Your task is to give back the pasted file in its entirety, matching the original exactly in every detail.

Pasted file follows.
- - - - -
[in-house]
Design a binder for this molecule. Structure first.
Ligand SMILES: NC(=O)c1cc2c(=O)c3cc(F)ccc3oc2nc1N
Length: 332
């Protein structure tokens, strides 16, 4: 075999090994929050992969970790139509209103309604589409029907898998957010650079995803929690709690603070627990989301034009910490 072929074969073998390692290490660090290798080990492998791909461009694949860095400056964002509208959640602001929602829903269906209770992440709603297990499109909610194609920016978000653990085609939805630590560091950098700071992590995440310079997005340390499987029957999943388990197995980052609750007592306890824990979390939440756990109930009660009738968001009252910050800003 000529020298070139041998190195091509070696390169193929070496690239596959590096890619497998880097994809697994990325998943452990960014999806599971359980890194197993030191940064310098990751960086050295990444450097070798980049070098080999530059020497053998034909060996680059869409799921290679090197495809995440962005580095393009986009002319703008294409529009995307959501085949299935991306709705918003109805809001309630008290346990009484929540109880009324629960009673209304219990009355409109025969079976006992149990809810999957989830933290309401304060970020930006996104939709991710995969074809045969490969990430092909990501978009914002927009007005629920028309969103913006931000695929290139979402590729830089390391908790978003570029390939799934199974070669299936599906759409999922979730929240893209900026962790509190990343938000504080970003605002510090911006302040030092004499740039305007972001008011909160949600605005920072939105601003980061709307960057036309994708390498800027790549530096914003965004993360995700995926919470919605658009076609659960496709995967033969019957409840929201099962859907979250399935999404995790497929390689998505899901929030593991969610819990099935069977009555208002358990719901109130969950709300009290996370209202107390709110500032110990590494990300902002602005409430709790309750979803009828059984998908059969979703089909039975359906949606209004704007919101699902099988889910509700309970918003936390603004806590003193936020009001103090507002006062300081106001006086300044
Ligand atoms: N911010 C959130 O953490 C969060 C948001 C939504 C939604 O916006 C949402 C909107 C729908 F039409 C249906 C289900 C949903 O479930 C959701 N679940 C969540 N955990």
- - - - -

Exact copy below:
[in-house]
Design a binder for this molecule. Structure first.
Ligand SMILES: NC(=O)c1cc2c(=O)c3cc(F)ccc3oc2nc1N
Length: 332
């Protein structure tokens, strides 16, 4: 075999090994929050992969970790139509209103309604589409029907898998957010650079995803929690709690603070627990989301034009910490 072929074969073998390692290490660090290798080990492998791909461009694949860095400056964002509208959640602001929602829903269906209770992440709603297990499109909610194609920016978000653990085609939805630590560091950098700071992590995440310079997005340390499987029957999943388990197995980052609750007592306890824990979390939440756990109930009660009738968001009252910050800003 000529020298070139041998190195091509070696390169193929070496690239596959590096890619497998880097994809697994990325998943452990960014999806599971359980890194197993030191940064310098990751960086050295990444450097070798980049070098080999530059020497053998034909060996680059869409799921290679090197495809995440962005580095393009986009002319703008294409529009995307959501085949299935991306709705918003109805809001309630008290346990009484929540109880009324629960009673209304219990009355409109025969079976006992149990809810999957989830933290309401304060970020930006996104939709991710995969074809045969490969990430092909990501978009914002927009007005629920028309969103913006931000695929290139979402590729830089390391908790978003570029390939799934199974070669299936599906759409999922979730929240893209900026962790509190990343938000504080970003605002510090911006302040030092004499740039305007972001008011909160949600605005920072939105601003980061709307960057036309994708390498800027790549530096914003965004993360995700995926919470919605658009076609659960496709995967033969019957409840929201099962859907979250399935999404995790497929390689998505899901929030593991969610819990099935069977009555208002358990719901109130969950709300009290996370209202107390709110500032110990590494990300902002602005409430709790309750979803009828059984998908059969979703089909039975359906949606209004704007919101699902099988889910509700309970918003936390603004806590003193936020009001103090507002006062300081106001006086300044
Ligand atoms: N911010 C959130 O953490 C969060 C948001 C939504 C939604 O916006 C949402 C909107 C729908 F039409 C249906 C289900 C949903 O479930 C959701 N679940 C969540 N955990």